Contrast this with the pump-action shotgun which doesn’t give any sort of cue that it’s empty. The only reliable method is to count the number of shots you made and make sure they are all done.
If you have the money and want something that is easier to operate I’d recommend a semi-auto shotgun. The only issue that might come up is cleaning but if you aren’t sure about that you can always take it to your gunsmith to get it cleaned.
As I mentioned in the beginning of this article, these are my top picks. That is also because these are the shotguns I’m familiar with and I even own a few of these.
I’ve tried to blend price with quality here to give you the best of both worlds.
If anyone has another shotgun they’d like to add to the list, drop it in a comment below. Thanks!
These are a great choice for bird hunting or pig hunting. Anything that is fast-moving, big, or requires lots of shots is easier to hunt with an automatic shotgun.
For elk hunting I still recommend a hunting rifle.
The SA-08 Deluxe is originally manufactured by a Turkish company and is a gas-operated model. Available gauge sizes are 12, 20, and 28.
This is a great weapon to shoot and provides some great power for bird hunting or pig hunting. I would say it’s a good combination of value and price. It’s a little bit pricier than some of the super discount options.
The SA-08 is super lightweight and looks great. The base model weighs 5 ½ to 6 ¼ pounds. Also a great choice for clay shooting or any kind of waterfowl.
If you have a gun lover in your family, this is a really good choice and probably the best price you’ll get at the mid-range level. Walnut stock, engraved logo, and polished steel – it looks and feels great.
Don’t get fooled by the price. The Stoeger is a great choice for a reliable shotgun with great power minus all the bells and whistles of some of the more fancy tactical choices.
The Stoeger runs via inertia meaning that cartridges are pulled into the shell and old ones ejected via recoil.
Comes with interchangeable chokes and a couple of different lengths of barrels. Shells range from 2 ¾ to 3 ½ for the bigger slugs. You can easily fit a shotgun sight onto this.
You can shop around and find the Stoeger for pretty cheap.
Anyone who has shot this, they’ll know why we picked it as our top choice.
If you’re thinking isn’t this the A5 from World War 2? Don’t worry, I’m not recommending you use some antique weapon for your hunting trips.
The A5 is a new and improved version of the old vintage model. It comes with all the old functionality plus a very expanded design. The new A5 is lighter and utilizes a patented recoil system known as “Kinematic Drive”, this feature lets you pick between lighter or heavier loads.
This is a great gift for a gun lover and also makes one of those timeless pieces that you can keep in your family for years.
Right off the bat, I’ll mention that I’m not a fan of traditional shotguns for home defense.
The reasons are simple. They fire slower and have a higher possibility of jamming which is not something you can afford in a home invasion.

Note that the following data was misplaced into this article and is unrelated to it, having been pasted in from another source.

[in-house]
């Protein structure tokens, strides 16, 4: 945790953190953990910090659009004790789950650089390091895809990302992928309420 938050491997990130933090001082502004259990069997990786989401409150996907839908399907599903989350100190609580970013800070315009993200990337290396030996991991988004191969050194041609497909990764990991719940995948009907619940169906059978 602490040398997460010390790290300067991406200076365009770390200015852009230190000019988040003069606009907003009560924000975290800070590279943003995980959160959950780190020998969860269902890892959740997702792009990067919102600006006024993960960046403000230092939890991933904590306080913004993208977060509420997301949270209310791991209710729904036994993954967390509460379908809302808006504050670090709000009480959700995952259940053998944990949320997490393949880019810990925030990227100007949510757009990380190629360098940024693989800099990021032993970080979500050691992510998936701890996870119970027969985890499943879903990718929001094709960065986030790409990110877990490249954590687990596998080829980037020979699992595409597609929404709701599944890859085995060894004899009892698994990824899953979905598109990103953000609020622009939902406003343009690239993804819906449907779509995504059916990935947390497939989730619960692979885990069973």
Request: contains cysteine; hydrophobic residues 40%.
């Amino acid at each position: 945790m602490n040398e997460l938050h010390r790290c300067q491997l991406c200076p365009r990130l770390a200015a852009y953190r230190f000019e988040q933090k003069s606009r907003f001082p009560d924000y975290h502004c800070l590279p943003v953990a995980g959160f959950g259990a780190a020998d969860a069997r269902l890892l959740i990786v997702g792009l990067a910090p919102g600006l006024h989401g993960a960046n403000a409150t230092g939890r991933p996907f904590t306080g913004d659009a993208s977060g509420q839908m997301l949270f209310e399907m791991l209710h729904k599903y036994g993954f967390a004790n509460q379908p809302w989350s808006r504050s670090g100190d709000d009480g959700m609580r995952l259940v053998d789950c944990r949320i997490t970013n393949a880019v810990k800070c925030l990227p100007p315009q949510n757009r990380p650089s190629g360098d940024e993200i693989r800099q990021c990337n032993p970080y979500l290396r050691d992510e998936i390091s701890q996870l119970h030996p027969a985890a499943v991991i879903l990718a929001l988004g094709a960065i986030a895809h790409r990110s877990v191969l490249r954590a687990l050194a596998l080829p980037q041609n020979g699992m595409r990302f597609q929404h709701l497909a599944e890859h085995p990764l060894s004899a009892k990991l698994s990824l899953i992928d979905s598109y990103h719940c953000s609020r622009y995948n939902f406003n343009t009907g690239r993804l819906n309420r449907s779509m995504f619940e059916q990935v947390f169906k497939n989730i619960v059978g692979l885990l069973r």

Semi-auto shotguns provide serious power, increased ability to shoot multiple rounds, and a very small likelihood of jamming.
We all know that in self-defense situations reaction time is vital. Even a few seconds can mean the difference between life and death. Using a traditional shotgun isn’t something you can really afford when the stakes are that high.
Beretta has been making quality pistols for a long time. They are one of the world’s top gun manufacturers. The 1301 Tactical is no exception to that.
It is a gas-powered 12 gauge semi-auto that fires extremely powerful and slightly reduced loads. 1301 Tactical is one of the most recommended and used tactical auto shotguns out there. It’s a favorite of tactical teams and special forces units worldwide.
I wouldn’t recommend this as a shotgun for shooting competitions — the slightly more expensive variant, the 1301 Comp, is the better choice for that purpose. However, if personal defense or home protection is what you’re concerned about, then 1301 is a VERY good choice.
Another great choice for home defense. I didn’t put this as number one just because I’m biased towards the Beretta 1301, (which superseded the TX4 that I’ve had for a few years).
The Mossberg is like a Ford 150 – functional, reliable, and easy to use. There is nothing fancy about it but it’s pretty cheap considering the build.
Great for a backup gun for home defense or even a backup gun for hunting. For shells, I’d recommend the Hornady Critical Defense shell. You can read about it in our shotgun ammo article.
If you want durability then the FNH is what you want.
It’s built specifically for military units so its design allows for a lot of damage. It still has the same autoloading functionality as all the other semi-auto shotguns. The FNH is also the recipient of the Shotgun of the Year Award.
You know I wasn’t going to leave this out.
I got one of these three years ago as a Christmas present from my wife. I’ve never looked back since and I recommend it to anyone looking to spend a bit more money on a VERY solid and reliable semi-automatic shotgun for home defense.
The M4 is the top pick for the US Marine’s special forces units. The M4 is also not inertia operated rather it runs on a gas-powered system.